Abstract: Hemophilia A (HA) is a rare bleeding disorder caused by deficiency/dysfunction of the FVIII protein. As current therapies based on frequent FVIII infusions are not a definitive cure, long-term expression of FVIII in endothelial cells through lentiviral vector (LV)-mediated gene transfer holds the promise of a one-time treatment. Thus, here we sought to determine whether LV-corrected blood outgrowth endothelial cells (BOECs) implanted through a prevascularized medical device (Cell Pouch) would rescue the bleeding phenotype of HA mice. To this end, BOECs from HA patients and healthy donors were isolated, expanded, and transduced with an LV carrying FVIII driven by an endothelial-specific promoter employing GMP-like procedures. FVIII-corrected HA BOECs were either directly transplanted into the peritoneal cavity or injected into a Cell Pouch implanted subcutaneously in NSG-HA mice. In both cases, FVIII secretion was sufficient to improve the mouse bleeding phenotype. Indeed, FVIII-corrected HA BOECs reached a relatively short-term clinically relevant engraftment being detected up to 16 weeks after transplantation, and their genomic integration profile did not show enrichment for oncogenes, confirming the process safety. Overall, this is the first preclinical study showing the safety and feasibility of transplantation of GMP-like produced LV-corrected BOECs within an implantable device for the long-term treatment of HA.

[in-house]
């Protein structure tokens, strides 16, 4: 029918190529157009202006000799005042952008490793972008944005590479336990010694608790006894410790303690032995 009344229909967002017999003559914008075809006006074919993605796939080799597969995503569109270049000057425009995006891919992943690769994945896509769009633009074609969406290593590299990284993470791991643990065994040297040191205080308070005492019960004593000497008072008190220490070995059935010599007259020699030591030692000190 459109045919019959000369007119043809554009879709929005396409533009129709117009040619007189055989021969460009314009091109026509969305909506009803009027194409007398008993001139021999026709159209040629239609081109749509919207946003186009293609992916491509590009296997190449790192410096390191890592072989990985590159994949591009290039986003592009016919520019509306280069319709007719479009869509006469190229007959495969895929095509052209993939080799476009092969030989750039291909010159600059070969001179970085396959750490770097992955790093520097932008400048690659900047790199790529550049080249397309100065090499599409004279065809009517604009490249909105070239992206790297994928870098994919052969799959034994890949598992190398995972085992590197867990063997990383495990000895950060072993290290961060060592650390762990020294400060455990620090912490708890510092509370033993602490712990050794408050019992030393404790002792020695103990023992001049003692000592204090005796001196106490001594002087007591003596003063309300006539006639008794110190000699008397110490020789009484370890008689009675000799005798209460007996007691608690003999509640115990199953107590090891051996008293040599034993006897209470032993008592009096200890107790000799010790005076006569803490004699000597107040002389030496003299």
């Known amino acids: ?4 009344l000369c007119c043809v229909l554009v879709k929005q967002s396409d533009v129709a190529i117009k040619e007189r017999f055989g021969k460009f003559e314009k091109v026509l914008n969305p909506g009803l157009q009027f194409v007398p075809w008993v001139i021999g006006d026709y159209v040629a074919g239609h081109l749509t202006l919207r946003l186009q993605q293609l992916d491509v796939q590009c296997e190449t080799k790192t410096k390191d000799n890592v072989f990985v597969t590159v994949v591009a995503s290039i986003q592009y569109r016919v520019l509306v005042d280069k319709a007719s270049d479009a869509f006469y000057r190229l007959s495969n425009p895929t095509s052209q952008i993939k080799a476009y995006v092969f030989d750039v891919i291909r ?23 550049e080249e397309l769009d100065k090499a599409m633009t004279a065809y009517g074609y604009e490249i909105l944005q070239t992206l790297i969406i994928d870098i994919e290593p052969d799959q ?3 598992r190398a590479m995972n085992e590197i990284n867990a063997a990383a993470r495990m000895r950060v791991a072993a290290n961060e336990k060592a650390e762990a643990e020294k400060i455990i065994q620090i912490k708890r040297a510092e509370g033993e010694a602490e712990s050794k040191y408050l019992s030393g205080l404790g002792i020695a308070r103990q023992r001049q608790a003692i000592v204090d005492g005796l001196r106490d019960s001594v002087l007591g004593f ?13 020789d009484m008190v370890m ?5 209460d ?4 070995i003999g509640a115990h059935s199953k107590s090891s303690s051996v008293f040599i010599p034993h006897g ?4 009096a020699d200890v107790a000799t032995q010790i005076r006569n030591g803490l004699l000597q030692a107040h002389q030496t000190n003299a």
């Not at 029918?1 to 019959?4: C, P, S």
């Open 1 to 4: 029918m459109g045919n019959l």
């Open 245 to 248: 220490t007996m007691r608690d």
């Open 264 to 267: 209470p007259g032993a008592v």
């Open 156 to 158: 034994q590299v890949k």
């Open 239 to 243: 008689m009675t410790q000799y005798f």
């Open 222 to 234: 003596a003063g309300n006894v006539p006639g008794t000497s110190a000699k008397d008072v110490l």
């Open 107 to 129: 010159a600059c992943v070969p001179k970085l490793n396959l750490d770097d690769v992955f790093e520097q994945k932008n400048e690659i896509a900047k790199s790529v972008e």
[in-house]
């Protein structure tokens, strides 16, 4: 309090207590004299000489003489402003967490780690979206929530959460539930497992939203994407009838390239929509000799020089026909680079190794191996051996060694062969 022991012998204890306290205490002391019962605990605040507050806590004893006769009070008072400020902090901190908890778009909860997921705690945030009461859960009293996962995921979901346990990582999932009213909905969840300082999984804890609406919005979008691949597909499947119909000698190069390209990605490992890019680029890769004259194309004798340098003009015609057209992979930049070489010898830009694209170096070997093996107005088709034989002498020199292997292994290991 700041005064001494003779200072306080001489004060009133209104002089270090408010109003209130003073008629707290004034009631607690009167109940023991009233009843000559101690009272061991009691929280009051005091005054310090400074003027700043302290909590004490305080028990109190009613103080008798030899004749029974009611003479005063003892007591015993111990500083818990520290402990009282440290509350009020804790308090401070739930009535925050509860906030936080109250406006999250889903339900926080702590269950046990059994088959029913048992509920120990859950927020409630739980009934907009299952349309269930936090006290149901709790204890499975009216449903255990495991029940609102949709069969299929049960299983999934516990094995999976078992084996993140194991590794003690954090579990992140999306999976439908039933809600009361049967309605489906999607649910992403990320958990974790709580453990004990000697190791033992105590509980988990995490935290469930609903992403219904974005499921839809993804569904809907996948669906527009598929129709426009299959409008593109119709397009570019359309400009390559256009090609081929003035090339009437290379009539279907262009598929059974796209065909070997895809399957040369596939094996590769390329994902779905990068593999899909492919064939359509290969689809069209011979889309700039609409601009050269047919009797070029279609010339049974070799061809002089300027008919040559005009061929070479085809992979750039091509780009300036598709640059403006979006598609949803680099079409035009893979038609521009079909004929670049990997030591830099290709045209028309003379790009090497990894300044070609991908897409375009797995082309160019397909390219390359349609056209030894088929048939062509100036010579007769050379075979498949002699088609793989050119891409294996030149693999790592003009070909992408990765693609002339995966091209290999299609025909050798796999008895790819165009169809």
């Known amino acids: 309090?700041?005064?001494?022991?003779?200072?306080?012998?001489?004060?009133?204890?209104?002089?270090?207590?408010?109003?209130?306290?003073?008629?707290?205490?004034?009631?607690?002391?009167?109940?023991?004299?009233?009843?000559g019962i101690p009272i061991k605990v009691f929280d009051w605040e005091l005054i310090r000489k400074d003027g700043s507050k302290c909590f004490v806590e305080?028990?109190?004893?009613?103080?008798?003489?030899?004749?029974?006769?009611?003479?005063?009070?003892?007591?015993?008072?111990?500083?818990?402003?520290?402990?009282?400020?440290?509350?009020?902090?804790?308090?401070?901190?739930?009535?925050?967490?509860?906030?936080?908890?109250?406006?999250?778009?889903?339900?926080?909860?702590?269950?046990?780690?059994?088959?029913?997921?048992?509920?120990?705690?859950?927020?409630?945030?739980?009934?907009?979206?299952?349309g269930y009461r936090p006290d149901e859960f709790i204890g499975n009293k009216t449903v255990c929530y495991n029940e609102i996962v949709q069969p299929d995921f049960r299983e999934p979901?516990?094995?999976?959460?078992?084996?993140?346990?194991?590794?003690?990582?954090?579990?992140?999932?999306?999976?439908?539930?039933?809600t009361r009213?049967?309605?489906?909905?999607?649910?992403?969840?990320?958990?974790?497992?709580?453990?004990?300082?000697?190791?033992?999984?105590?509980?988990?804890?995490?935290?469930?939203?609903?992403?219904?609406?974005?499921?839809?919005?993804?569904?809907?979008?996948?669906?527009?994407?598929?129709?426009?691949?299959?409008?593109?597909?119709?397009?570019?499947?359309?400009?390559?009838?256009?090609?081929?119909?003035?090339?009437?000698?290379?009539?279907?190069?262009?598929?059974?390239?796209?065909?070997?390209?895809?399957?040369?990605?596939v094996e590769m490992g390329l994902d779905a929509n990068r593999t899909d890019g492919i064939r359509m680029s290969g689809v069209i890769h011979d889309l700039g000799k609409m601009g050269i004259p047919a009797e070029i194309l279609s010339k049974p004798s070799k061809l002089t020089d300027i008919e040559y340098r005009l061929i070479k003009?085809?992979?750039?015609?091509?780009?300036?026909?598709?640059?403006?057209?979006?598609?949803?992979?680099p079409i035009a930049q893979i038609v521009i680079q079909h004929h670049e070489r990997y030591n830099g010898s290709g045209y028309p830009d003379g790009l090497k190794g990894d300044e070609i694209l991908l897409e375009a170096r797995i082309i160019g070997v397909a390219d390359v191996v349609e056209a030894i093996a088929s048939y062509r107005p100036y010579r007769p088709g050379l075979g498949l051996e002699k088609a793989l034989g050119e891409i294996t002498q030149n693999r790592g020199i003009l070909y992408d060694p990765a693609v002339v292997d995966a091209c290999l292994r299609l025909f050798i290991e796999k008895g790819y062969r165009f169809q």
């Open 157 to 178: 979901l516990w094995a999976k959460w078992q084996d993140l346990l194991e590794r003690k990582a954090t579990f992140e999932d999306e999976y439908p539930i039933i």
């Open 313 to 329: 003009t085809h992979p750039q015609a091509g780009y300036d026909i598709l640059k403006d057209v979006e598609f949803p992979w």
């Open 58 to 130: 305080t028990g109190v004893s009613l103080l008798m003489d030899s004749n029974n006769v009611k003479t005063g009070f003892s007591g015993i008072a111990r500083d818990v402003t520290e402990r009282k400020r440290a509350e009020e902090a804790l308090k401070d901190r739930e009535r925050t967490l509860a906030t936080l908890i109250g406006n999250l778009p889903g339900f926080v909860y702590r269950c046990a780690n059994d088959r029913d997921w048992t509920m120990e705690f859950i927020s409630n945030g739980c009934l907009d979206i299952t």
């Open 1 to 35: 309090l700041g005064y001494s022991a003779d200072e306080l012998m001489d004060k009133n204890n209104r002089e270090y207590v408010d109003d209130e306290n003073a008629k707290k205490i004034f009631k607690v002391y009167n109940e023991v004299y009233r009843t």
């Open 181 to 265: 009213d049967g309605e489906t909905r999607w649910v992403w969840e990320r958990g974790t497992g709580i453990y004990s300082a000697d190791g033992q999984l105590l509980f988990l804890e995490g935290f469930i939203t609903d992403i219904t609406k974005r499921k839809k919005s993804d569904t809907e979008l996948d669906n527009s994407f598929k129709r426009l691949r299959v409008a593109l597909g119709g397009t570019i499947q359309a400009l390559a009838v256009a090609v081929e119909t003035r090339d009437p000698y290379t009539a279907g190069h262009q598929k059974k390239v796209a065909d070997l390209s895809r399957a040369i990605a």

VANGUARD presented at the SFT Congress

Our coordinator Ekaterine Berishvili took a part in the 2021 Société Francophone de Transplantation (SFT) on December 8 to explain the challenges and to share the progress that was made during the first year and a half of the VANGUARD project.

The SFT congress is now an established event with a 20 years-long tradition. This is the first time after 10 years that the SFT is taking place in Switzerland.

Geneva was a natural choice for the organisation of this year’s SFT Congress, as the Geneva and Lausanne University Hospitals represent a cluster of knowledge with their world-renowned transplantation activities.

We look forward to the next annual Congress in Lyon, on December 13-16 2022.